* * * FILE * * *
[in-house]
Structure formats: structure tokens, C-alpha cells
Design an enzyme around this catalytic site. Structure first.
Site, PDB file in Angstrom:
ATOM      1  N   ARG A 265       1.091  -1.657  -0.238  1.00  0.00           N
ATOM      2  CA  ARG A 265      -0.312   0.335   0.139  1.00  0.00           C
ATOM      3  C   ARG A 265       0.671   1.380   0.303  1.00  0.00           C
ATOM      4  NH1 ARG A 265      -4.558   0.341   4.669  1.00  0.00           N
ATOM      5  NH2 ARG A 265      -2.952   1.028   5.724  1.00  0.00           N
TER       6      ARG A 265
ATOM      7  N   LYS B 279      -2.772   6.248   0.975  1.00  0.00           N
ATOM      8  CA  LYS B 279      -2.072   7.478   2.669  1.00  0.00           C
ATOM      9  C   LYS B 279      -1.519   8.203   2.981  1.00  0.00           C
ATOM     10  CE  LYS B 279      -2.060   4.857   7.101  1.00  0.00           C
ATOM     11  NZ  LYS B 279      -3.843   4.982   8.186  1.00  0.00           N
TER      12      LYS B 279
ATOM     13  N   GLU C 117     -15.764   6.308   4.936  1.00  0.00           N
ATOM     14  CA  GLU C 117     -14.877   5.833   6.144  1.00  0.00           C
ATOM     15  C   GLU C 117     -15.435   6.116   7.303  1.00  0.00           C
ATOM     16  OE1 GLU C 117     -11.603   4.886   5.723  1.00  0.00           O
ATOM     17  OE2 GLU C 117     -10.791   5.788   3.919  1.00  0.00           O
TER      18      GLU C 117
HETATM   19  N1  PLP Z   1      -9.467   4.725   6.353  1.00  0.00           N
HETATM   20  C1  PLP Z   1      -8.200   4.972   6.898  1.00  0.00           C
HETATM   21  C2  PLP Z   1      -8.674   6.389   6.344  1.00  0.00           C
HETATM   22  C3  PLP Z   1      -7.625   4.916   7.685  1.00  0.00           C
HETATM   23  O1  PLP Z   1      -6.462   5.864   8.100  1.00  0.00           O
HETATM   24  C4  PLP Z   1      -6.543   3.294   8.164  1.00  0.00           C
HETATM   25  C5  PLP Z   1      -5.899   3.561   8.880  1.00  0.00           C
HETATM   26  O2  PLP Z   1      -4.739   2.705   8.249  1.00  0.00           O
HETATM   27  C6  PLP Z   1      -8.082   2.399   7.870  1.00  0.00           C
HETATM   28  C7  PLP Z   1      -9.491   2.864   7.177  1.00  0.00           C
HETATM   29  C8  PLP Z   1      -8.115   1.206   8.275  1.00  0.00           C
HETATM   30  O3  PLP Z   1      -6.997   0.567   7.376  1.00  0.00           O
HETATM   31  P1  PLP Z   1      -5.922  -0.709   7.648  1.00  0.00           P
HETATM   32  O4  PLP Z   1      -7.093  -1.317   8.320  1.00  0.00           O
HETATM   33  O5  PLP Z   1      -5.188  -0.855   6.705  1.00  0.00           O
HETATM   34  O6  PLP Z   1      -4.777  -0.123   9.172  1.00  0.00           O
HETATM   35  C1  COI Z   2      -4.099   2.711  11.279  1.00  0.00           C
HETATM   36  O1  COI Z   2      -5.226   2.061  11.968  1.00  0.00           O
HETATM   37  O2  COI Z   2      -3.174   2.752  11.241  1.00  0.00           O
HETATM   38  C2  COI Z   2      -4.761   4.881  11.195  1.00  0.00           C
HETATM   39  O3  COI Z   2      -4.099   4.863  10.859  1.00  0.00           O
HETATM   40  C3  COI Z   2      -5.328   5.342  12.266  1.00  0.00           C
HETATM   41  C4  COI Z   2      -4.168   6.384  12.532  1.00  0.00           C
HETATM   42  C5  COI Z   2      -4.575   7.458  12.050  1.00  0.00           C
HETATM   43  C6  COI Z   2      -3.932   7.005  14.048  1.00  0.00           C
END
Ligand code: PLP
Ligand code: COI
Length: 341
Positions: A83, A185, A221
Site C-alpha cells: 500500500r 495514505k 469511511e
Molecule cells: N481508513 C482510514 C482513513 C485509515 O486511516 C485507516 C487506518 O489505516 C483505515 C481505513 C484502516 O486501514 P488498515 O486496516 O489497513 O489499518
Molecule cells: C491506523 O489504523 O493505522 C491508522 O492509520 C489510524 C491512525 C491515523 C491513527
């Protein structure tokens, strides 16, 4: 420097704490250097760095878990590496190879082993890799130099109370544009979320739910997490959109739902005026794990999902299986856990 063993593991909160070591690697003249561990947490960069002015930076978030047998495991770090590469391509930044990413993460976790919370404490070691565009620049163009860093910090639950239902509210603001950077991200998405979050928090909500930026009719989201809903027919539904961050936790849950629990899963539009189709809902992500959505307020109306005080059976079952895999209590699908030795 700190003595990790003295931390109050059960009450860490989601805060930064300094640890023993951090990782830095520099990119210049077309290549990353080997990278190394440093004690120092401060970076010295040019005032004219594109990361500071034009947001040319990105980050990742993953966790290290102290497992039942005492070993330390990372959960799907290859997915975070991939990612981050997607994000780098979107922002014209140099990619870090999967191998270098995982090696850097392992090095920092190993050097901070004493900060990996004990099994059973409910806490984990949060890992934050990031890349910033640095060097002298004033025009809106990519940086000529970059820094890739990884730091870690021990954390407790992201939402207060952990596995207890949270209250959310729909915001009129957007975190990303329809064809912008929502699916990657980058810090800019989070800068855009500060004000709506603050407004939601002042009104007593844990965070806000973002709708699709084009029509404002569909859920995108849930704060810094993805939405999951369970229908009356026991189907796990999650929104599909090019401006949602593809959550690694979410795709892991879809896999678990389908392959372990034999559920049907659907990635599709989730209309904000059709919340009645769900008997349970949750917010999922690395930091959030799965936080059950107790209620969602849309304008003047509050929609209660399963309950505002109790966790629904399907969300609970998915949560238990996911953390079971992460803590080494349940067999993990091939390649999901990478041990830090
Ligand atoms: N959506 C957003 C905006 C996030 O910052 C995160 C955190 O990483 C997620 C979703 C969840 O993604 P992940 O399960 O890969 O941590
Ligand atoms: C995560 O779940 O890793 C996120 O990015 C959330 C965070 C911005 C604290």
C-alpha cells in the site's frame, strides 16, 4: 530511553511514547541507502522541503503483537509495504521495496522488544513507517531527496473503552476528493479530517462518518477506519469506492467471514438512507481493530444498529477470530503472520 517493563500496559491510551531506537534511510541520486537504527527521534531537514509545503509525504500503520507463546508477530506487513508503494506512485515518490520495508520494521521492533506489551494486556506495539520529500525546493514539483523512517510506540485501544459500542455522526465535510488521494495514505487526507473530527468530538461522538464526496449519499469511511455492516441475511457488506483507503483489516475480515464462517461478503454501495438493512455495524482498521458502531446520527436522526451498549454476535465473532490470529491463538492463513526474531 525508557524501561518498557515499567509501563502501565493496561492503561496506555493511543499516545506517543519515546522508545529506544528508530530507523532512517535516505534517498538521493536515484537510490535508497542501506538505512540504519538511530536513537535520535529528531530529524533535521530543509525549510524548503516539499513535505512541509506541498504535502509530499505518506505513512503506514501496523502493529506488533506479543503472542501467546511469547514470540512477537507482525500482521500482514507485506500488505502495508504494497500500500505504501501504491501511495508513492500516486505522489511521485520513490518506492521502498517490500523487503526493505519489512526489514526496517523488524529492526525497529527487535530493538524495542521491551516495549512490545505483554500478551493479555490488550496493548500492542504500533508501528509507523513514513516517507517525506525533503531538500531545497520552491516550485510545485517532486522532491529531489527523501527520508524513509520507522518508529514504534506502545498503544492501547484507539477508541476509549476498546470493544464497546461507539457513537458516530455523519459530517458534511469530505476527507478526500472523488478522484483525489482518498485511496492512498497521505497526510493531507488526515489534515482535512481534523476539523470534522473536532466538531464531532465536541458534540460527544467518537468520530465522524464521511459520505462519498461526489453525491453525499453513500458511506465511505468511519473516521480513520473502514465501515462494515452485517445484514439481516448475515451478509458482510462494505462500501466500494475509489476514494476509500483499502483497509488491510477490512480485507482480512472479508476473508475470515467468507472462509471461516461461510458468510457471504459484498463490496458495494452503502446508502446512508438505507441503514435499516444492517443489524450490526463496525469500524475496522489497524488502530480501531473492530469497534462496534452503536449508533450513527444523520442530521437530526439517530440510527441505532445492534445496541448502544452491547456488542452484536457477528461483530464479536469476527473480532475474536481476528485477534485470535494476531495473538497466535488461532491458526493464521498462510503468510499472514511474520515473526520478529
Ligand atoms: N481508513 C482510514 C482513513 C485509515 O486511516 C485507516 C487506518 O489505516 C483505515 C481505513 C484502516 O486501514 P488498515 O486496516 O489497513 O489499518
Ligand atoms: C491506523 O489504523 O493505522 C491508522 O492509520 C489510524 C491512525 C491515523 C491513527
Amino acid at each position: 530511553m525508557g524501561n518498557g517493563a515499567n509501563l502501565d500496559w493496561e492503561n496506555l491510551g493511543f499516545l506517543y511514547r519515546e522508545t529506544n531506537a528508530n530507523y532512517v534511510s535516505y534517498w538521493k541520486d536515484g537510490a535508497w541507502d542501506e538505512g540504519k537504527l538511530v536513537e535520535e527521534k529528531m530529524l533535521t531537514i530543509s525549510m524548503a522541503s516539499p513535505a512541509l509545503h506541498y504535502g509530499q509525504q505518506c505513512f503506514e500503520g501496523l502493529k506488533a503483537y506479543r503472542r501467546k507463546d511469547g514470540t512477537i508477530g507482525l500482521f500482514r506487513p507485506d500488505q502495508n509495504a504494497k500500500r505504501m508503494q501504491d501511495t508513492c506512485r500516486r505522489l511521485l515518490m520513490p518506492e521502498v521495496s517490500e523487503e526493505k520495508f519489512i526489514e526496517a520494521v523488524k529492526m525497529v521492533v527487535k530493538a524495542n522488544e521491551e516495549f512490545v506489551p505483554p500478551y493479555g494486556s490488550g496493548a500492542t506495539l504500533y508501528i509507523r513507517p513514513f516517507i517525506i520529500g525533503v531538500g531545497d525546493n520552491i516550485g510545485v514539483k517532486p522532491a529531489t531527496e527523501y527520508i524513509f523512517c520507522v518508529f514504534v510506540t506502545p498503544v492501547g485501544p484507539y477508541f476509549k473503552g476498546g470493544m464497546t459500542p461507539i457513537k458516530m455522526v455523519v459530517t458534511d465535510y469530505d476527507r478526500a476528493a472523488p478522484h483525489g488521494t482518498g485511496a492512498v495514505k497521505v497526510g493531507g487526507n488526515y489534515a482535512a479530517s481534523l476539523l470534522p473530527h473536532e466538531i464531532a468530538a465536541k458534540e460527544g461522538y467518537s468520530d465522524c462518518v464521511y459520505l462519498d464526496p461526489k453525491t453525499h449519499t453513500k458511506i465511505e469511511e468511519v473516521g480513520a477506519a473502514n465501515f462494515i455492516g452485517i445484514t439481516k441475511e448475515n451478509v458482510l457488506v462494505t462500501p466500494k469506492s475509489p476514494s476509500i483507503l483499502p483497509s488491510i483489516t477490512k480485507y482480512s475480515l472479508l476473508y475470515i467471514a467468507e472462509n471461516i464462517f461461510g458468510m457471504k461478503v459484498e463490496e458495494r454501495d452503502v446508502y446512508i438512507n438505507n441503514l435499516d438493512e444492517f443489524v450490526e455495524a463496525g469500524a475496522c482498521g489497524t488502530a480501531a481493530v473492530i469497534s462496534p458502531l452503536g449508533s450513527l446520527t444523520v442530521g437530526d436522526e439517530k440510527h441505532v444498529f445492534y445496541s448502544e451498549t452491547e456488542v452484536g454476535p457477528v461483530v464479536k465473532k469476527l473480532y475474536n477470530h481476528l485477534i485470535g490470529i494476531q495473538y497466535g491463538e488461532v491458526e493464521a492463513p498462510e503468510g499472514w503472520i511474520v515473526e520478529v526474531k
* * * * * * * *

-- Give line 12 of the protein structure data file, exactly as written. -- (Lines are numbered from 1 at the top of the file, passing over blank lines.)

ATOM      8  CA  LYS B 279      -2.072   7.478   2.669  1.00  0.00           C